Debt and divorce go hand-in-hand like peaches and cream, only it's definitely not so sweet.
By Tracy Achen, Divorce Transition Coach
If you've been married for any length of time, it's almost certain that you and your spouse have some marital debts. How these debts are handled during your divorce can make a big impact on your credit long after the two of you split.
In community property states, both spouses may held be liable for debts incurred during the marriage, regardless of whose name is on the account. For example, one woman had to pay off a debt that she knew nothing about (her husband had opened this account in his own name during the marriage). I know, it's not fair, but that's the way the credit laws work for such states. This is something you really need to take into consideration if you live in Arizona, California, Idaho, Louisiana, Nevada, New Mexico, Texas, Washington, or Wisconsin.
If you do live in a community property state, be sure that your divorce decree includes a provision that will indemnify you if your ex defaults on a separate account. It won't stop the creditors from pursuing collection, because an indemnity clause is only binding between the spouses. But having an indemnity clause will allow you to take your ex back to court for reimbursement of any money you had to pay the creditors. An indemnity clause also allows you to dispute any of your ex's loans if they show up on your credit report.
When two people apply for credit together, each is responsible for repaying the debt. This is true even if your divorce decree assigns the debt to your spouse. If an account goes into default due to non-payment, both spouses will be held liable since creditors are not bound by a divorce decree. On top of that, your credit score will drop, which will make getting credit in the future harder.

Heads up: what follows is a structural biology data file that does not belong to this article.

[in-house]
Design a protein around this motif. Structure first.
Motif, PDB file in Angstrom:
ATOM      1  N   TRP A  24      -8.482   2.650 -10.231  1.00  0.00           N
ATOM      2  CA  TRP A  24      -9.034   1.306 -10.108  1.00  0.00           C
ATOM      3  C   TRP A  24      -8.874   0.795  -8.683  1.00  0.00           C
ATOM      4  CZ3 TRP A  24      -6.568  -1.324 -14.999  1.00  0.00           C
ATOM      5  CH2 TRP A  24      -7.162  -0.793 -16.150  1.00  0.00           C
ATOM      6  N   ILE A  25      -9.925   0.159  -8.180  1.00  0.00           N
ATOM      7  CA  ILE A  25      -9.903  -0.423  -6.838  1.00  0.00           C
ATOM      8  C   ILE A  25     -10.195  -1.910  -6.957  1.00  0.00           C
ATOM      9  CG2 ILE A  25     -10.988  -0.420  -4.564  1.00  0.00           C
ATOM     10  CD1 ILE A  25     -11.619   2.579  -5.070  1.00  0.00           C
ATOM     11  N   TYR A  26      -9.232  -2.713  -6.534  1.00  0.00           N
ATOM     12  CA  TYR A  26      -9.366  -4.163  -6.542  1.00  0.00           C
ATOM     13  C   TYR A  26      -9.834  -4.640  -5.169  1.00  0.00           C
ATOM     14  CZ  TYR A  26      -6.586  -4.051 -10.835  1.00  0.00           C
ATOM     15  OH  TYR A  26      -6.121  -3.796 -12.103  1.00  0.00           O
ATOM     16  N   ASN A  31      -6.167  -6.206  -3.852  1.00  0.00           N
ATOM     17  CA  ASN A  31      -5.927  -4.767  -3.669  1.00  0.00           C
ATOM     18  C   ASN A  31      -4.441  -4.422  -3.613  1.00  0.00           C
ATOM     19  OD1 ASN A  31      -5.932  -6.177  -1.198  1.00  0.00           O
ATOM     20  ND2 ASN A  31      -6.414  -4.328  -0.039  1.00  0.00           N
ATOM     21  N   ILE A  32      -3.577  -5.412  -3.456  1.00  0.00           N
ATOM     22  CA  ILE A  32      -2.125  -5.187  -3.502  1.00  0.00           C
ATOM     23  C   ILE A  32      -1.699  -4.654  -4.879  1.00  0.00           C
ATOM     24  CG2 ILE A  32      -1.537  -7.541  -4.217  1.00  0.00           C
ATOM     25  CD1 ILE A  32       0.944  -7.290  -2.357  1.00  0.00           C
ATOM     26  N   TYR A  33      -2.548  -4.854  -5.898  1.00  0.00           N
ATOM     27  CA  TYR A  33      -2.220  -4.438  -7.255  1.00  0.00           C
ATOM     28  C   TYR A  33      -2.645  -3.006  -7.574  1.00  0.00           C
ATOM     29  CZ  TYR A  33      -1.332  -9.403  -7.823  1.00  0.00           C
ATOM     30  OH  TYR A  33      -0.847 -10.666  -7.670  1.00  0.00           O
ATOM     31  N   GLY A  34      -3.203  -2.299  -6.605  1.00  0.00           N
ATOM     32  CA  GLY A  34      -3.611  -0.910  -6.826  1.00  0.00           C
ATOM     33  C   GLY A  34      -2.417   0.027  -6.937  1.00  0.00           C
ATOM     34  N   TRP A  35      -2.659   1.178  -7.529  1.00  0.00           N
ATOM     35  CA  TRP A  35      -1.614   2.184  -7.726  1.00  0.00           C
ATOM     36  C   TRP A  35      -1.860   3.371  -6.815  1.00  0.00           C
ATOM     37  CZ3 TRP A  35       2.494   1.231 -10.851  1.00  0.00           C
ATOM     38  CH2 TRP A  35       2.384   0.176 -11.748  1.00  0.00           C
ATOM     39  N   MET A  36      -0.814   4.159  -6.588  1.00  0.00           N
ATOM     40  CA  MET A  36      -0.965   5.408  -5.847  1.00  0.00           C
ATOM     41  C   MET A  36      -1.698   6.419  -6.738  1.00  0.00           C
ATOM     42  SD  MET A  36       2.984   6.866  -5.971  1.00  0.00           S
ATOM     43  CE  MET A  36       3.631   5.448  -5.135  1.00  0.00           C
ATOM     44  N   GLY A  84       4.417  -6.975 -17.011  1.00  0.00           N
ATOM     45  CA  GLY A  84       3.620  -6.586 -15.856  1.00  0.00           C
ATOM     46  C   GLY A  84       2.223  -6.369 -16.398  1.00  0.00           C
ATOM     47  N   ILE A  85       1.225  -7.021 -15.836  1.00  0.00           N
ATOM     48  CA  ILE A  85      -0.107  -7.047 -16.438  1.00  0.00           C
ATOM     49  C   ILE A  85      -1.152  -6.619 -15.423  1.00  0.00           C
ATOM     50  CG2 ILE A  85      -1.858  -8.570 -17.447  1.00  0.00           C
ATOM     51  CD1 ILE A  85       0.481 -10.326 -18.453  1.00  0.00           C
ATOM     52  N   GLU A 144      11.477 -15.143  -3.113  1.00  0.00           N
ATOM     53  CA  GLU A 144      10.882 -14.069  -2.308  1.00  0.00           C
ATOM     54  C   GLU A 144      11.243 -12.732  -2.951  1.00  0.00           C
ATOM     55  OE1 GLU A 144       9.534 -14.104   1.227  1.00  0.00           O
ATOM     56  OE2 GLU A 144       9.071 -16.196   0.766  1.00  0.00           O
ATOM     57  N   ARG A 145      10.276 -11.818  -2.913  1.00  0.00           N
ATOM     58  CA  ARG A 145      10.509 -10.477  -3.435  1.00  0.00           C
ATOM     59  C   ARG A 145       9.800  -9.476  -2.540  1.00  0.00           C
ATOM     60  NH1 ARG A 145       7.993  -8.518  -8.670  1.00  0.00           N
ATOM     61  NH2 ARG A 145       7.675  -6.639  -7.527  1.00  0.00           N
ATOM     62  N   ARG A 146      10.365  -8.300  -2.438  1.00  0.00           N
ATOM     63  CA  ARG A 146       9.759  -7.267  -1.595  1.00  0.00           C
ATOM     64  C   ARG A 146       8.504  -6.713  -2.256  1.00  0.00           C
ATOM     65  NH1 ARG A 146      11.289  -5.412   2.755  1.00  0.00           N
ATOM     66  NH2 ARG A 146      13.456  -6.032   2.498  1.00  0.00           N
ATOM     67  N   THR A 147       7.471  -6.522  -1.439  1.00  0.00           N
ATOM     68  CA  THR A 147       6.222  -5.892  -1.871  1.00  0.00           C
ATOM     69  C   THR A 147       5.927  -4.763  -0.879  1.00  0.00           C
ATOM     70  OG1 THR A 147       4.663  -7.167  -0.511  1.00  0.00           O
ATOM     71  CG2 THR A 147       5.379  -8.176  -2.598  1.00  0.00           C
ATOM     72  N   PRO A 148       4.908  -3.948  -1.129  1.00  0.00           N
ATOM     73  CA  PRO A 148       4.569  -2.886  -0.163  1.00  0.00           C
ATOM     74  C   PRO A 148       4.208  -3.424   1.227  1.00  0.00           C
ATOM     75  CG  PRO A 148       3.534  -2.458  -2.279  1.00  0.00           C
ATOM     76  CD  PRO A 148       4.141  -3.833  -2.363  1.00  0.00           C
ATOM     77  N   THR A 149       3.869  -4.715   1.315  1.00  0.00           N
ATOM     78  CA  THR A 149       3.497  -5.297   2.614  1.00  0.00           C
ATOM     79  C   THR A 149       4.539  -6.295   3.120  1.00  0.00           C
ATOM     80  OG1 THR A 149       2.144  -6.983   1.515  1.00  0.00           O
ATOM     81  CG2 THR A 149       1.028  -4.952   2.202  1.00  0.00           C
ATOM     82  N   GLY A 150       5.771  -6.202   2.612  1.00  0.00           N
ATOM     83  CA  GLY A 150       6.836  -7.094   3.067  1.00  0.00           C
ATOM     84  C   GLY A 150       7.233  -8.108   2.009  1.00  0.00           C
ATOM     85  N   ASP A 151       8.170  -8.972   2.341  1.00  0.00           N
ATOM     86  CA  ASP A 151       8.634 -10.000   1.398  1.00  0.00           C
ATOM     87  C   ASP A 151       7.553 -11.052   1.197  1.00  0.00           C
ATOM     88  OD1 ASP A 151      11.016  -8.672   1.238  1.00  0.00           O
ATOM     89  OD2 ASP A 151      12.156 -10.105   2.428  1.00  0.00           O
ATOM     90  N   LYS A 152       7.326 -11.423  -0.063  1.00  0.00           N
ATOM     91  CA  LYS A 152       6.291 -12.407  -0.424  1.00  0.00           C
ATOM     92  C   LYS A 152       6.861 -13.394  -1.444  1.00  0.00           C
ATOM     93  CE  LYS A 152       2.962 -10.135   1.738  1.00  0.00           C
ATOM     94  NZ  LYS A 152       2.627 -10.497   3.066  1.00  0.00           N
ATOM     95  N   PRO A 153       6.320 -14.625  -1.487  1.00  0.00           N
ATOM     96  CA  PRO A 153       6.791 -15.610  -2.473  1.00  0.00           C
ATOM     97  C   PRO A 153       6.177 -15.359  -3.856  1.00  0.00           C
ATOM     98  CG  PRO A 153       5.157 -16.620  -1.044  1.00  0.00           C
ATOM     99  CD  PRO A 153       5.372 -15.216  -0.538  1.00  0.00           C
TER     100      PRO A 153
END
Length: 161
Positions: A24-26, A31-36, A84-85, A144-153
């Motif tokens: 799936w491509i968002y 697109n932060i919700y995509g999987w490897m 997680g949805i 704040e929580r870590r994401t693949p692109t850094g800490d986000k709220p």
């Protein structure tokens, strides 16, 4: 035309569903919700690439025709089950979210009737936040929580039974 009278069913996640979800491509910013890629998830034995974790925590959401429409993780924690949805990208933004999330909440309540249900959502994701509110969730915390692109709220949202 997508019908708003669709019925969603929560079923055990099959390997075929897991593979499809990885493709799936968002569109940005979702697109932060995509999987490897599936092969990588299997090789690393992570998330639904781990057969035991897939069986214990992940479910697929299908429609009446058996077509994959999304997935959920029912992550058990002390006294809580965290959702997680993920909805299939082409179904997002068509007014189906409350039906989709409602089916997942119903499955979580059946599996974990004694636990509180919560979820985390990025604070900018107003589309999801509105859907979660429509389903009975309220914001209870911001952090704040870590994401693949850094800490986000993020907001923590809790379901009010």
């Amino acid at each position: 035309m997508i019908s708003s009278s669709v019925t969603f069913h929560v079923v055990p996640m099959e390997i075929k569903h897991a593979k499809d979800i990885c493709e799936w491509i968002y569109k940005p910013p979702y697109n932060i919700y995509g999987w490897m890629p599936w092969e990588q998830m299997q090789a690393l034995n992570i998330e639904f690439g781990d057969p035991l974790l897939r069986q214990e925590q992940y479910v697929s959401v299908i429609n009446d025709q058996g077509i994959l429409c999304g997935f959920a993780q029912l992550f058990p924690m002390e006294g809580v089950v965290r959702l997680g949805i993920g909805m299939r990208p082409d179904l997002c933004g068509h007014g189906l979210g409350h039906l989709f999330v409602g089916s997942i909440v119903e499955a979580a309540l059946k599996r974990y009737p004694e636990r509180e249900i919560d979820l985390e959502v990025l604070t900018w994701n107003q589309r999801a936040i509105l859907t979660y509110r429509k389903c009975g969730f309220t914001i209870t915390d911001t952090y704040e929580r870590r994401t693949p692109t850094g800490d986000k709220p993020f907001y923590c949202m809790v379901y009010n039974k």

With this in mind, if you maintain joint accounts during or after your divorce, be sure to make regular payments so that your credit score won't suffer. As long as there's an outstanding balance on a joint account, both of you are responsible for it.
You should consider closing joint accounts that were opened in both of your names, as well as removing your spouse as an authorized user on your own accounts. You can also ask the creditor to convert these accounts to individual accounts. Since creditors aren't obligated to convert such accounts, you may need to apply for credit on an individual basis. The creditor will then extend or deny you credit based on your new application.
Ideally, you should pay off as many joint debts as possible before the divorce is finalized. This makes settlement negotiations easier and helps make for a cleaner break.
If paying off the debts or converting joint accounts to individual accounts isn't possible, then you want to make sure to monitor the accounts that you are responsible for. If you notice that payments are being made late, you might consider making the payments yourself to protect your credit. After all, bad marks can stay on your credit report for seven years, and do you really want to be reminded of your ex for that long?
Tracy is the editor of WomansDivorce.com and author of Divorce 101, a guide to help women navigate the complexities of divorce.
Now that you understand some of the general issues surrounding debt and divorce, continue reading to learn how to best handle the debt division, as well as steps you can take to protect your credit:
Updated November 19, 2022